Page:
The northwest Italian region of Piedmont, located among the foothills of the Alps, is renowned for its picturesque landscape, historic cities such as Turin, and its exceptional wines. Asti, an area lying within Piedmont, is well-known for its sweet, frizzante (lightly sparkling) Moscato d’Asti wines.
Moscato d’Asti is made from the white grape Moscato Bianco. The cultivation of Moscato grapes in Asti can be traced back to ancient times. In fact, Moscato was the first varietal to be planted for the purpose of making wine. Moscato d’Asti gained recognition as a distinctive wine sometime in the 19th century. Its delicate effervescence and aromatic qualities helped to distinguish it from drier spumante and still wines.
The production of Moscato d’Asti involves the fermentation of partially fermented grape must, which results in a lower alcohol content compared to fully fermented wines. The fermentation process is stopped before completion, allowing the wine to retain a portion of its natural sugars and aromatic compounds. This gives Moscato d’Asti its characteristic sweetness and aromatic profile. It has notes of ripe peach, apricot, orange blossom, and hints of nuts and dried vegetation.
Asti Spumante, commonly referred to as Asti, is another sparkling wine produced in the Asti region of Piedmont. It is made primarily from the Moscato Bianco grape variety using the Charmat method, where the secondary fermentation occurs in large pressurized tanks, instead of individual bottles. This process results in a slightly higher alcohol content, and a more pronounced effervescence, compared to Moscato d’Asti. Asti wines are typically slightly sweeter and less fizzy than Moscato d’Asti.
The wines are best consumed when young to preserve their fresh and vibrant flavors. Nevertheless, both Moscato d’Asti and Asti can be aged to reveal an evolution in the flavor profile, where citrus and summer-fruit dominant aromas and notes, give way to that of sliced almonds, hazelnuts, balsamic, and petrol.
The Consorzio dell’ Asti (Consortium for the Protection of Asti DOCG) oversees the production of Moscato d’Asti and Asti wines, and guarantees their provenance.
The delicate effervescence, and fruit and honey-driven sweetness of Moscato d’Asti and Asti make them highly adaptable to a wide range of dishes. They are traditionally enjoyed as aperitifs, or dessert wines that are paired with fruit-based desserts, and creamy pastries. But they also make ideal complements to spicy fare.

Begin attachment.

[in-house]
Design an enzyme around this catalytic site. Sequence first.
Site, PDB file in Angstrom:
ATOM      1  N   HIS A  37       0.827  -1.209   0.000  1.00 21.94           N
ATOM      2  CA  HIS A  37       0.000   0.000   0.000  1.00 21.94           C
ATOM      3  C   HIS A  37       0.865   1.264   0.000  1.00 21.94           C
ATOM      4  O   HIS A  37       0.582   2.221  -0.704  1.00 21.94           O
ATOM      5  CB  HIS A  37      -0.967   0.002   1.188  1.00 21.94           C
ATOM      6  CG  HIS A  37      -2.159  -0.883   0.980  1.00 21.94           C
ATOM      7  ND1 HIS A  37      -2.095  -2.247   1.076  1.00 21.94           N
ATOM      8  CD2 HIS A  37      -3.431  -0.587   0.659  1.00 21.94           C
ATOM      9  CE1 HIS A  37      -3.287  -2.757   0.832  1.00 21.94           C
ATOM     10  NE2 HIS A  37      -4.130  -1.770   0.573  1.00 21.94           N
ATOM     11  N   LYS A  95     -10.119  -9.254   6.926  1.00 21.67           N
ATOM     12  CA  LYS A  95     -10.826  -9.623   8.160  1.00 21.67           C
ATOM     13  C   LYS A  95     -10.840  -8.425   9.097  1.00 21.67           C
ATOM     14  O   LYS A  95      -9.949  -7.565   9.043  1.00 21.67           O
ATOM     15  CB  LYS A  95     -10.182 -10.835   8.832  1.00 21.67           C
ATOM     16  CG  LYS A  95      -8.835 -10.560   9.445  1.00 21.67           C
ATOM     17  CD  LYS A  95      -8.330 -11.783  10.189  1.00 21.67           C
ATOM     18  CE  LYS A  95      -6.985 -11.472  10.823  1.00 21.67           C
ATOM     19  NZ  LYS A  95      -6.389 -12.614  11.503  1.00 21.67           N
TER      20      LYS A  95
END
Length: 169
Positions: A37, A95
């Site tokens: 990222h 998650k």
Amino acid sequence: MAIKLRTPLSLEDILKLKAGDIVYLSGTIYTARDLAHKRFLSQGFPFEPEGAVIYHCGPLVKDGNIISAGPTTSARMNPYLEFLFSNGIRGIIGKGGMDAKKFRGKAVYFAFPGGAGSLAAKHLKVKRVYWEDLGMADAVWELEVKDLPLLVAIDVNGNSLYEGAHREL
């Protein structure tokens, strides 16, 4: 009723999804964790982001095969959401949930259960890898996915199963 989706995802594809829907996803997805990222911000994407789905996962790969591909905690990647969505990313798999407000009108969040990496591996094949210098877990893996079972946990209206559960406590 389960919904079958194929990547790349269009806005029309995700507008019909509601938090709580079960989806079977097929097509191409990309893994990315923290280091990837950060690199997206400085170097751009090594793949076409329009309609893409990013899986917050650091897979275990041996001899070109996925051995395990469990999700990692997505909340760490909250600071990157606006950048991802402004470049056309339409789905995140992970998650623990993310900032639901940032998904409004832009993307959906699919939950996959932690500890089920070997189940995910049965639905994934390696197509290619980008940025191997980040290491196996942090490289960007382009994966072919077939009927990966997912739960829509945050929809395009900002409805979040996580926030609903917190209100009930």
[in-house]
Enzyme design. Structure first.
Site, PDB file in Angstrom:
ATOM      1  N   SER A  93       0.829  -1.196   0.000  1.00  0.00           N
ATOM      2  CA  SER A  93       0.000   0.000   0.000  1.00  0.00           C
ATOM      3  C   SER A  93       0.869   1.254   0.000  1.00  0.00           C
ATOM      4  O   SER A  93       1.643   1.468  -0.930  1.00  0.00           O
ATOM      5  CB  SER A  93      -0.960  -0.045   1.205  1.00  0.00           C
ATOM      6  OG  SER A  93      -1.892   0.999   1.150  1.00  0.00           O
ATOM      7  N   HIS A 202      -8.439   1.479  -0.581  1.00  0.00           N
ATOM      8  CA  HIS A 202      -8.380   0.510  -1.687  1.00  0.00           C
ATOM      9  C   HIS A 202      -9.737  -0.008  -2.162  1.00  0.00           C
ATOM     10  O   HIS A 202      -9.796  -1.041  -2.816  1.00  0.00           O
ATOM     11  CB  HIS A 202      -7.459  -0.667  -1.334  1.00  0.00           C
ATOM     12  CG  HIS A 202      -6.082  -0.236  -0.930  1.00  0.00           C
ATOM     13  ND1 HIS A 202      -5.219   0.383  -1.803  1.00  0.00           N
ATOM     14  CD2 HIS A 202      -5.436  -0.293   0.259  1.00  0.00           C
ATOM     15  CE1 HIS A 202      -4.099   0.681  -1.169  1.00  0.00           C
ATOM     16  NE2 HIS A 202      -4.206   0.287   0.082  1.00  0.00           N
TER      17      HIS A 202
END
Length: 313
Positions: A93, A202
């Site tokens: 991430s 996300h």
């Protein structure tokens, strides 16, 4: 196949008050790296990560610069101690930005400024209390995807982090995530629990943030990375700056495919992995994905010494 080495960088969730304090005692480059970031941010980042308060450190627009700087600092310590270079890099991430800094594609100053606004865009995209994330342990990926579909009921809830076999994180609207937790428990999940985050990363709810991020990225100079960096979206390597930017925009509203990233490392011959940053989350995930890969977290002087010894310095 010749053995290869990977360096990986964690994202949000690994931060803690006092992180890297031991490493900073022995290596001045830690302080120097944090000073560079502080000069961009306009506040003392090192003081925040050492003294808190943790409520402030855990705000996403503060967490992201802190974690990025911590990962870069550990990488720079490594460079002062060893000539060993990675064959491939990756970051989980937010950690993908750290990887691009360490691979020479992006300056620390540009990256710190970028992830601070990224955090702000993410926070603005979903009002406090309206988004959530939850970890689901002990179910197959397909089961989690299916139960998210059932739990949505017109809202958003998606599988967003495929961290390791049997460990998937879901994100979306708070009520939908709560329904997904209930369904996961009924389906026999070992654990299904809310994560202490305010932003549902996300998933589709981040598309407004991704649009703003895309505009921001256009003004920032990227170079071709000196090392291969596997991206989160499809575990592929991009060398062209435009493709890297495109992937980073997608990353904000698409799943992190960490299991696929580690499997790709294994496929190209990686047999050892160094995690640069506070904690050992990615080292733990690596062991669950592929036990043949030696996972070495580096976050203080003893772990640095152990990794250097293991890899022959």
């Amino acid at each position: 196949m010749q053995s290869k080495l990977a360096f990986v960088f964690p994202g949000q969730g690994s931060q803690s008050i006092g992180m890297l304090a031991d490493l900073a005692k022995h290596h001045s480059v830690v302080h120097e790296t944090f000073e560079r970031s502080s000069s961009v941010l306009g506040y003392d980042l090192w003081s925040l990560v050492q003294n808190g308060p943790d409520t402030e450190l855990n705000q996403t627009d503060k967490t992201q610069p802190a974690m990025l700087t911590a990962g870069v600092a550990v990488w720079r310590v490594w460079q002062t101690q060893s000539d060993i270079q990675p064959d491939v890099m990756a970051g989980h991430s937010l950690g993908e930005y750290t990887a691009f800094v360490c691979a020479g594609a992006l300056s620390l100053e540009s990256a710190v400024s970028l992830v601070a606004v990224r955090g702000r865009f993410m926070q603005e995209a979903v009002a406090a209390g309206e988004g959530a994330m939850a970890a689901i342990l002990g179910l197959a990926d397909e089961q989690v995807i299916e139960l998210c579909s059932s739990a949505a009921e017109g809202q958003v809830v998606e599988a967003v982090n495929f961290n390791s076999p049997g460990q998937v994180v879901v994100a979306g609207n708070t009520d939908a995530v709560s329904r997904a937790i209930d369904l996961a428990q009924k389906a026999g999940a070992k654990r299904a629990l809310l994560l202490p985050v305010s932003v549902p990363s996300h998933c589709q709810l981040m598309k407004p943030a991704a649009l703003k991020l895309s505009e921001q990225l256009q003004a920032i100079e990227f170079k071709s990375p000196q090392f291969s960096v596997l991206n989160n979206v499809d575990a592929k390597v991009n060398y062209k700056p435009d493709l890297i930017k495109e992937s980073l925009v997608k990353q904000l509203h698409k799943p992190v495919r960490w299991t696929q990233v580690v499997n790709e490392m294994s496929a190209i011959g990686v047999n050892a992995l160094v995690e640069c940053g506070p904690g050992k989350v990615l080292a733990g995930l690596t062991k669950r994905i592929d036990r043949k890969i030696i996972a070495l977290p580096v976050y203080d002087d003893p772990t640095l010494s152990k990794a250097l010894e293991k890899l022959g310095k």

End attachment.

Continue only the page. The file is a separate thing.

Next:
A masterclass and tasting of the following five Moscato d’Asti was held at Il Gattopardo Restaurant in New York City.
Coppo, Moncalvina, Moscato d’Asti, DOCG, 2022
Straw yellow color with slight greenish reflections. Fresh and aromatic, with white flower, peach, and pear notes. Pairs well with cakes, cookies, and fruit-based desserts.
Michele Chiarlo, Nivole, Moscato d’Asti DOCG, 2022
Brilliant straw yellow color. Fresh, creamy, and fragrant, with a fine mousse, and floral and orchard fruit notes. Pairs well with classic Italian desserts such as zabaione and paste di meliga.
Caudrina, Moscato d’Asti DOCG, La Caudrina, 2022
Deep straw yellow color. Aromatic, with a delicate sweetness, a soft acidity, and orange, pear, and apricot notes. Makes a great complement to traditional Italian holiday treats like panettone, and Easter colomba.
I Vignaioli di Santo Stefano-Ceretto, Moscato d’Asti DOCG, 2022
Pale yellow color. (organic and biodynamic)
Delicate, with a soft acidity, balanced alcohol and sugar, and sweet melon, orange blossom, and jasmine, as well as honeysuckle notes.
Pairs well with gelato, cheeses, and roasted hazelnuts.
Marenco, Moscato d’Asti DOCG, Scrapona, 2022 (organic)
Golden yellow color.
Fresh and elegant, with a delicate perlage, and lime, apricot, and orange blossom, as well as passion fruit notes. Makes a great complement to tempura, light cheeses, and spicy food, in addition to marzipan, fruit salads, and macaroons.